Why should I need to pick a group to identify myself with, anyway?
The Internet has been flooded with personality quizzes lately. In the past few months, I’ve learned which Game of Thrones character I am, what city I should live in and that I would most definitely not survive a zombie apocalypse.
I’ve also learned that I am really, really good at procrastination when I’m under deadline for this column.
Needless to say, I take most personality quizzes with a grain of salt. (Except for the zombie apocalypse thing. I am definitely worried about that result.)
Still, it’s fun to take these quizzes and share with friends on Facebook, to learn about the silly labels we can place on ourselves. But sometimes, labels just don’t apply.
After taking a “What Is Your Spirit Animal?” quiz with my friend Colin, we were laughing about my result (the wombat) when he posed an interesting question:
“What kind of athlete are you?”
“What do you mean?” I asked. “Like a whiny athlete? Or a hungry one? Because I’m definitely both of those.”
He shook his head. “No, I’m talking about what you call yourself. You do a lot of different types of races. Are you a runner? A triathlete? A cyclist? Swimmer?”
The question gave me pause. “I guess I’m all of those, too. I usually just say I’m an endurance athlete.”
“But what kind of endurance athlete? Each one of those groups have their own personality quirks. If someone held a gun to your head and told you to pick an identity, what would you say—runner, triathlete…”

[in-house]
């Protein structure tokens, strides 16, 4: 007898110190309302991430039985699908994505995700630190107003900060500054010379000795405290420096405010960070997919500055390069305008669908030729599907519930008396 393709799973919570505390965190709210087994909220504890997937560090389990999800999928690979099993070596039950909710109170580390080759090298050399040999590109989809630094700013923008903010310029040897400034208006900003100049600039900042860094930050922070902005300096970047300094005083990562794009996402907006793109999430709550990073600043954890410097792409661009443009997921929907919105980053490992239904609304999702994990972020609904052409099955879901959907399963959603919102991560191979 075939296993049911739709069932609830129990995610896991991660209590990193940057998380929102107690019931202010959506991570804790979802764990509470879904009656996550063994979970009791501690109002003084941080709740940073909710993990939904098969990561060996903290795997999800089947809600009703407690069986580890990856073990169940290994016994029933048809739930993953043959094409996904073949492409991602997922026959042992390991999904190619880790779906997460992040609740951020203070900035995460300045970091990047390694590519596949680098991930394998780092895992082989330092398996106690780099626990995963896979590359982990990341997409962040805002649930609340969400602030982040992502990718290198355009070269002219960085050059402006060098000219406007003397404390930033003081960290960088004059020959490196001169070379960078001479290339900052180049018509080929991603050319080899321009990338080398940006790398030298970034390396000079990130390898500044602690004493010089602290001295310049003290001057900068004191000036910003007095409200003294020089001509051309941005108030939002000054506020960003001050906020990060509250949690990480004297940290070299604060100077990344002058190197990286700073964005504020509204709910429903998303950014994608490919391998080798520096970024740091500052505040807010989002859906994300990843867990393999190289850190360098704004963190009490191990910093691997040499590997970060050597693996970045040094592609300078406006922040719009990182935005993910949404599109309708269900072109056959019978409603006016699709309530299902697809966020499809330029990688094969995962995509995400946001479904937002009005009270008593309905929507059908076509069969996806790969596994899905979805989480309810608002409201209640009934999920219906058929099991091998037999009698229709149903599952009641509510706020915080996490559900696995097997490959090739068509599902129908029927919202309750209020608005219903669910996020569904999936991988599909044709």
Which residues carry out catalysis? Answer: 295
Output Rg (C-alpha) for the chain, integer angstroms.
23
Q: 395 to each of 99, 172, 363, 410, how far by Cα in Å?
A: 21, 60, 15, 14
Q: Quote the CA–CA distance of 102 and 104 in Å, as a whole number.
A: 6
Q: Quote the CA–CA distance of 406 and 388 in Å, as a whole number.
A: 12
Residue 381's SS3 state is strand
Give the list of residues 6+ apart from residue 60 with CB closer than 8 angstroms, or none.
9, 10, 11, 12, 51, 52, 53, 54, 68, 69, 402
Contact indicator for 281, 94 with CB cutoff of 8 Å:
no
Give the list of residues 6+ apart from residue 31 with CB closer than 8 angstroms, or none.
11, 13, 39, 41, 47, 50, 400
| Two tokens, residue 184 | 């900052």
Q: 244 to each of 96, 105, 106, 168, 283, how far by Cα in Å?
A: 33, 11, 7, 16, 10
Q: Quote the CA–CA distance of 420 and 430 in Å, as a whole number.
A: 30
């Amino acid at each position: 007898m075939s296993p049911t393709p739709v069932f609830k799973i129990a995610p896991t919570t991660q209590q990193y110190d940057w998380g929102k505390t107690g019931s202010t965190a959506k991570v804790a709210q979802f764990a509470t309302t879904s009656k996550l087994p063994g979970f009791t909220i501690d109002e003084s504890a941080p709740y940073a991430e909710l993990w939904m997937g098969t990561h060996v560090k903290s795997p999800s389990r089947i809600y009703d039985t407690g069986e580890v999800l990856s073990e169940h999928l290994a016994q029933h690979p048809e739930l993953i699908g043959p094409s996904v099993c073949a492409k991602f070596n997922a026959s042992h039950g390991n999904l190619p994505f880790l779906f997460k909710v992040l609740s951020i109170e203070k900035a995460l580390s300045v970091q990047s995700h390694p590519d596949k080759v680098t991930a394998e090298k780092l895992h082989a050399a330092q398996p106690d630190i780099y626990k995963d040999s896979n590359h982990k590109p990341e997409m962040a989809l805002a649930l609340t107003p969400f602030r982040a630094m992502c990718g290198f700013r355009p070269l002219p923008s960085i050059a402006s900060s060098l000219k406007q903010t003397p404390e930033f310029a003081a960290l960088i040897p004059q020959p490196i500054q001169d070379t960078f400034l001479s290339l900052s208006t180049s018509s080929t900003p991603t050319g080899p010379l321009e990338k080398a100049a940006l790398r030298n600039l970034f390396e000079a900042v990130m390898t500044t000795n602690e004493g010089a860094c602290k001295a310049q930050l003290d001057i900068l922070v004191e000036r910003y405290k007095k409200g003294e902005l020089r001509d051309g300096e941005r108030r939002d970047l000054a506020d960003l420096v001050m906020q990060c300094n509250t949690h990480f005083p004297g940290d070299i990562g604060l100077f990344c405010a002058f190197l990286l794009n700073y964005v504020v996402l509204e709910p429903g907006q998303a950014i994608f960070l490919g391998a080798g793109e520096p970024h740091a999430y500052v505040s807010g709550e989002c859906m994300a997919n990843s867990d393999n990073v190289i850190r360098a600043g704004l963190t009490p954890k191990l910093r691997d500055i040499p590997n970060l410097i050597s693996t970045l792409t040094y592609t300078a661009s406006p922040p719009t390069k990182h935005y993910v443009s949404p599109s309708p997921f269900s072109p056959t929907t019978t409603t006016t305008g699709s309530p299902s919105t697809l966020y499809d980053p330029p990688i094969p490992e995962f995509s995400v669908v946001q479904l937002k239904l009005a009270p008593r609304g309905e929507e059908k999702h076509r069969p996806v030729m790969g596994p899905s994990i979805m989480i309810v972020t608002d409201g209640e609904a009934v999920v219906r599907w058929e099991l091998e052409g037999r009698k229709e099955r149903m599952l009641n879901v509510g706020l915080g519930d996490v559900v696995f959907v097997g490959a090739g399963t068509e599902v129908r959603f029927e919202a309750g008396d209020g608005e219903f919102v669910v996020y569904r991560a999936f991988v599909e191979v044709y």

“I’d say that person had anger issues.”
Though I managed to dodge the question that day, it stuck with me. As I went for a run that night, I pondered further.
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What kind of athlete am I? There’s no quiz for that. From half marathons to Ironman triathlons to 100-mile cycling events, I enjoy it all. I follow the Boston Marathon with just as much vigor as the Tour de France. I will never turn down the opportunity to swim laps with my friends. When I ride with road cyclists, I poke fun at triathletes and their pointy aero helmets; when I ride with triathletes, I give the roadies smack talk. And we all give the mountain bikers crap, mostly because we’re secretly jealous of their skills.
It doesn’t matter, anyway—at the end of our respective workouts, we all end up at the same coffee shop, swapping stories on the day’s adventures. That’s when I feel most like a member of the endurance community. In spite of the good-natured flak we give each other, we all respect a fellow athlete’s willingness to discover the awesomeness of the human body—whether that takes place on two wheels, two feet or in the pool.
Why should I need to pick a group, anyway? This isn’t high school, where I need to stay within my clique or risk a swirly from the class bully. If anyone ever holds a gun to my head, I’m fairly certain the hooligan is more concerned with the contents of my wallet, not what group of spandex-clad geeks I best identify with. I love all endurance athletes, and can’t imagine choosing one subgroup over another.
Unless, of course, one group can promise to save me during a zombie apocalypse. Hey, I need all the help I can get.
About The Author:
Susan Lacke does 5Ks, Ironman Triathlons, and everything in between to justify her love for cupcakes (yes, she eats that many). In addition to writing for Competitor, she serves as Resident Triathlete for No Meat Athlete, a website dedicated to vegetarian endurance athletes. Susan lives and trains in Phoenix, Arizona with three animals: A labrador, a cattle dog, and a freakishly tall triathlete boyfriend. She claims to be of sound mind, though this has yet to be substantiated by a medical expert. Follow her on Twitter: @SusanLacke